It was half my lifetime ago, so his actual coming out to me is a hippocampal blur, but I think it went something like this: We were juniors and had been spending most afternoons in our high school’s weight room (and adjacent locker room, notably, surrounded by all kinds of hard-bodied adolescent boys in various states of undress: tall, short, bronze, black, white, footballers, wrestlers, runners, the gamut), and eventually we started going on long warm-up runs around town. We were friends before, but those runs were really what made us. Away from the weight room fugue, we could actually talk, and we talked about all kinds of things. Like what? I have no idea. I can’t remember any of it, except that one day Tom turned to me and told me he’d just spent ninth period in the janitorial closet by the theater with Mike Miller (a cherubic sophomore boy, and a rising talent in the drama department) getting a blowjob.
Once the initial shock—that my friend was now, apparently, getting some—wore off, I didn’t think much about that coming-out moment. I didn’t really return to it until a decade later when a group of us old friends spent a post-wedding night drunk and reminiscing, and he reminded me what I’d said to him: “You got a blowjob!” And he thanked me for how I’d immediately accepted him, gay or whatever, getting head in whatever closet. He said that back when we were teenagers he hadn’t realized how lucky he was. When he said this we were both in our late twenties—I was married by then, and lived on the other side of the country, so we only saw each other every few years, usually at a bar the day after Christmas—and I was grateful that he still thought about our lapsed friendship at all, as I did, as I do. Of course, I told him. You were my best friend.
Back in the day I suppose he was confused about my sexuality in a way I wasn’t. After he came out to me, I didn’t stop working out with him. I didn’t stop changing next to him in the locker room. Was I supposed to? Well, I didn’t. He would point out some pumped up cornerback, with a chest like a longshoreman, and I would say, Yeah, impressive. Out running together we would see the lean cross-country boys in the distance, and I would agree, Yeah, they’re something. I remember he once asked if I’d noticed Tony Steino’s junk, and I replied, How could I not?! and he said, I know! My being straight and my taking an active role in these conversations—and my lathering up next to him at the end of the day—never seemed like a contradiction. And maybe he thought my continuing to act as if nothing had changed meant I had to be gay too, but really, what had changed? For him, I suppose, a lot. For me, not much. At least not much I recognized then.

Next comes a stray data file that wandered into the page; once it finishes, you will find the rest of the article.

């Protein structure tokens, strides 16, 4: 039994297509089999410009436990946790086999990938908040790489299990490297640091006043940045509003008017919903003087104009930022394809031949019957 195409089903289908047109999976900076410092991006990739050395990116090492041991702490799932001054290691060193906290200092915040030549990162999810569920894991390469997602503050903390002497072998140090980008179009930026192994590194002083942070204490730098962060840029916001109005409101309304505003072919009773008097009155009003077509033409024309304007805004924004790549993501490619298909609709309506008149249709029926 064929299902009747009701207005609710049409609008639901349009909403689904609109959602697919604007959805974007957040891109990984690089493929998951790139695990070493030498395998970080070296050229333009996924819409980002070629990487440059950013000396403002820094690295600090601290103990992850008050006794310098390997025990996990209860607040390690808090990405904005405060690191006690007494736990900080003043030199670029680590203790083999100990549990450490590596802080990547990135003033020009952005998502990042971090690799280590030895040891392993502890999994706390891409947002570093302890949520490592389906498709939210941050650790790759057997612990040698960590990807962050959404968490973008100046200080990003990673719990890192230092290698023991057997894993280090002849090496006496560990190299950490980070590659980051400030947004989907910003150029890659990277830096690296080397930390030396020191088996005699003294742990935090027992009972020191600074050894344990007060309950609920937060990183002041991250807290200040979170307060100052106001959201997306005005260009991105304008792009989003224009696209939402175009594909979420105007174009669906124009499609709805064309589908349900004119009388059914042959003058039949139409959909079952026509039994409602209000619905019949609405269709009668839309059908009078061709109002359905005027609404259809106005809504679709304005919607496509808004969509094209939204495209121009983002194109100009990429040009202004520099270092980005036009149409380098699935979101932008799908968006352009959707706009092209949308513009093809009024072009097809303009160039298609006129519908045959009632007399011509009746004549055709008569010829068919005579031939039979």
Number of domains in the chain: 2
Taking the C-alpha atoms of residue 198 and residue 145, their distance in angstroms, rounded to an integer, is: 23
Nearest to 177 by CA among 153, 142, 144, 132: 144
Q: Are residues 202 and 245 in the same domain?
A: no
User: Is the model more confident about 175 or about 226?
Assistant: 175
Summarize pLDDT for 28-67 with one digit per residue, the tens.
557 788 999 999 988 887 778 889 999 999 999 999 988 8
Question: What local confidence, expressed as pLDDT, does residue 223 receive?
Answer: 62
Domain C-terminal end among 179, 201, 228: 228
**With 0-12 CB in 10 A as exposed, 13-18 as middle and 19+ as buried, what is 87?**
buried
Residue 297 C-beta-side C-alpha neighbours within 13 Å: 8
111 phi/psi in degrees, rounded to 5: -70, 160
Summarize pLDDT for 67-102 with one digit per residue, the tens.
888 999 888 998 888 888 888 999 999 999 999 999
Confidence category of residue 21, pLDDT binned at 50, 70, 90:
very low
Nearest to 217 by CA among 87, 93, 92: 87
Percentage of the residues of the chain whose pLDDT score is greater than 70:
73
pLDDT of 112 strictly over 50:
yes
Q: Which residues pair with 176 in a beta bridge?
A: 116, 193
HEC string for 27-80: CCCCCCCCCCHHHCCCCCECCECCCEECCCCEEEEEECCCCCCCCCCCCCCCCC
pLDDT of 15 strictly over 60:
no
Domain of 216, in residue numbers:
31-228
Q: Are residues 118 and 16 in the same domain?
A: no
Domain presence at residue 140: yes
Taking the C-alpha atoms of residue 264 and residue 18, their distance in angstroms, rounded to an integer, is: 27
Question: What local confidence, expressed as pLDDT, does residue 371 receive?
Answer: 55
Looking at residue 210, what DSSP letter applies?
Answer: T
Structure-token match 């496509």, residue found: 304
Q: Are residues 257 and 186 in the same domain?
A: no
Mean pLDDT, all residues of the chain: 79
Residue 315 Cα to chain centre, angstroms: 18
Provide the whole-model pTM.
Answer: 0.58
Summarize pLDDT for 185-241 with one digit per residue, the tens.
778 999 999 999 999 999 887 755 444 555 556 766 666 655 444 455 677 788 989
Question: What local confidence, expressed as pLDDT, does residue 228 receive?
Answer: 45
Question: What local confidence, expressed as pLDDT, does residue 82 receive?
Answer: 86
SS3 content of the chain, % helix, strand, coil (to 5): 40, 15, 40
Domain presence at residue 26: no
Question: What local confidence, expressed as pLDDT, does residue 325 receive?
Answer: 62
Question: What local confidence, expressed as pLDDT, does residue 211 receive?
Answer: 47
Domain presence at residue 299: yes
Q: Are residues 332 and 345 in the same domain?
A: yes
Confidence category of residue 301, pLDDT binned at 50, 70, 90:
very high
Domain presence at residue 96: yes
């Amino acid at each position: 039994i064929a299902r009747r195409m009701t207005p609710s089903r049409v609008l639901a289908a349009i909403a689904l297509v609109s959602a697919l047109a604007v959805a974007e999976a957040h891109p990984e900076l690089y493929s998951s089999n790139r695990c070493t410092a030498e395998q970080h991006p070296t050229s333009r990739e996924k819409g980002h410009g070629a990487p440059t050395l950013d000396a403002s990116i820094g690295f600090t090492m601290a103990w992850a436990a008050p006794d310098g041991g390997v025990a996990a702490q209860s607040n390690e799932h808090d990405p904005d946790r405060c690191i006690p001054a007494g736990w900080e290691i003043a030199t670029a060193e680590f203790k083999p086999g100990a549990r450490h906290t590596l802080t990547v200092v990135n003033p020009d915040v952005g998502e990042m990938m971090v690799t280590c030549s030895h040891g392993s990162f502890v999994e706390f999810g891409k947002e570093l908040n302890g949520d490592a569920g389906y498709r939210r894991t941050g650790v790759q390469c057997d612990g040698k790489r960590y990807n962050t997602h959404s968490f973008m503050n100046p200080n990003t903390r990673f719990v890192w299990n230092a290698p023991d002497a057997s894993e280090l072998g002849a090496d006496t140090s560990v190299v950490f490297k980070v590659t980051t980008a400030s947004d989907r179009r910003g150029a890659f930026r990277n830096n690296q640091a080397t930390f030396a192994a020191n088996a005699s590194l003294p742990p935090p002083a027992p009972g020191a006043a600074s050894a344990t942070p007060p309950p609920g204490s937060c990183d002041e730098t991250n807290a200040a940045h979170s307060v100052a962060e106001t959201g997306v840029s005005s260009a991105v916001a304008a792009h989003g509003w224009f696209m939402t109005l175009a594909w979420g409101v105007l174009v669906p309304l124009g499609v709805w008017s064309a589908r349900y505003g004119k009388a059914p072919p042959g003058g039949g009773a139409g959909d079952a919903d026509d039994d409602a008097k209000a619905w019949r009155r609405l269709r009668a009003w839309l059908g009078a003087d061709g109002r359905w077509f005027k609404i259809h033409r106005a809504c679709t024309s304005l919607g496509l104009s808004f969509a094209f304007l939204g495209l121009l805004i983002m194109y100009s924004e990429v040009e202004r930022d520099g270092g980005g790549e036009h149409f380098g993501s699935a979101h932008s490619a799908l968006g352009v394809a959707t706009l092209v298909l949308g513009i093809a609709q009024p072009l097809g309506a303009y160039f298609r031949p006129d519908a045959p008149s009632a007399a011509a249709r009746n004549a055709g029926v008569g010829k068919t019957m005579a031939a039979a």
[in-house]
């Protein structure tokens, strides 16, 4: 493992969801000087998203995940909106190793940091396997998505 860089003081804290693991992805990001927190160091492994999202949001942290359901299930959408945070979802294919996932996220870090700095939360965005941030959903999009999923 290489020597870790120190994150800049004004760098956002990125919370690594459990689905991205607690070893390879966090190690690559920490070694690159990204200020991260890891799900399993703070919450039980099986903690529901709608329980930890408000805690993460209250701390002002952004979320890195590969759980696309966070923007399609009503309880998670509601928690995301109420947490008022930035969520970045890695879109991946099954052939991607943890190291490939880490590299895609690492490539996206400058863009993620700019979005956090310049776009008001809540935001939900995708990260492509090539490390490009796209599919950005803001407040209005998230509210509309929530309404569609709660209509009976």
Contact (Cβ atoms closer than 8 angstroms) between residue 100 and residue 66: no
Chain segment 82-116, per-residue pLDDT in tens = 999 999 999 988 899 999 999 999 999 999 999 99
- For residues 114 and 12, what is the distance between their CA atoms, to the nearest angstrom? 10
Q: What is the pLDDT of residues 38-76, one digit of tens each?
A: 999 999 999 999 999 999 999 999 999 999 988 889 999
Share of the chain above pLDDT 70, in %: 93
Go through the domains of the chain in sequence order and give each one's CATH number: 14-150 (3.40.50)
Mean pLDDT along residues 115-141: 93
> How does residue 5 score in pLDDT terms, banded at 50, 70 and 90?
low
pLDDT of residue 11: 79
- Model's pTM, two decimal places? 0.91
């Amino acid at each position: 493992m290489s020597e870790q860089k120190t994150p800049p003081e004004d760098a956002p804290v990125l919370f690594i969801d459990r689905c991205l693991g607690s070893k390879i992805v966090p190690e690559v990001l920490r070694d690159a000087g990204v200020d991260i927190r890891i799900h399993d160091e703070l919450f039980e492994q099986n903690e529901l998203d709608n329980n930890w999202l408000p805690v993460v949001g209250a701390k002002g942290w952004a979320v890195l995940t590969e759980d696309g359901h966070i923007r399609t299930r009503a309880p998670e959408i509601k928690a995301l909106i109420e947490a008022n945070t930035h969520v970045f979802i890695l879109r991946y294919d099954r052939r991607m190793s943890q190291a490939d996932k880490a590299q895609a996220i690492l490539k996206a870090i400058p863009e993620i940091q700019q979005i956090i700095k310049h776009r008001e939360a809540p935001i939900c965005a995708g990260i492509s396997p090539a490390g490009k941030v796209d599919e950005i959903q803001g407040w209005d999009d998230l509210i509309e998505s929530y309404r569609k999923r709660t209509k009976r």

This dissonance, I think now, was the beginning of that space, that rift that would eventually grow not so much between us as between our worlds, though I wouldn’t understand this until long, long after the fact.
Eventually, after a year or so of trying to convince me I was gay, he let it go. Why? Because, get this, he realized there was no way I would have been able to resist his advances for so long unless I actually was straight. He told me this. So, so arrogant. And probably true, which you’ll understand if you were ever a horny, hard-up teenaged boy, as I definitely was.
We graduated on to different colleges, but both worked summer jobs cutting grass for our hometowns. After work, we would go fishing. We called it fishing, but really we just canoed around local lakes and rivers, occasionally casting for bass, occasionally swimming. There are more than forty lakes in Waukesha County, Wisconsin, the land where suburbs meet country, and we made it to many of them. Sometimes other friends tagged along, and when it got too cold to swim, or too dark to paddle, we’d end up smoking and drinking coffee and eating fries at the local Denny’s, eventually dragging ourselves home only to be back on our lawnmowers a few hours later. This was our routine, for a while. We didn’t spend all our time together—I had one girlfriend, and then another, and he had one boyfriend, and then another—but a lot of it we did.
At that point—our early twenties—Tom was a constant in my life, a point of reference. As I imagine I was in his.
Just the other night I drove home with my arm out the window, the evening a cool seventy-five after an eighty-five-degree, humid day. I was on gritty 35th Street in the city, but that didn’t matter. I was singing along to the radio, like we did back then, and there was the same heavy wet smell in the air, and even though if I was thinking about anything, I was thinking about the pomodoro on the stove, or the class I was coming from, or if I’d catch my two-year-old before he hit the crib for the night, that smell suddenly knocked me back fifteen years and there I was, driving home from the lake, him shotgun, the bow of our canoe dripping algae funk on the windshield, Neil Diamond coming at us with Sweet Caroline. You know, Good times never seemed so good. I’ve been inclined to believe they never would. But now I…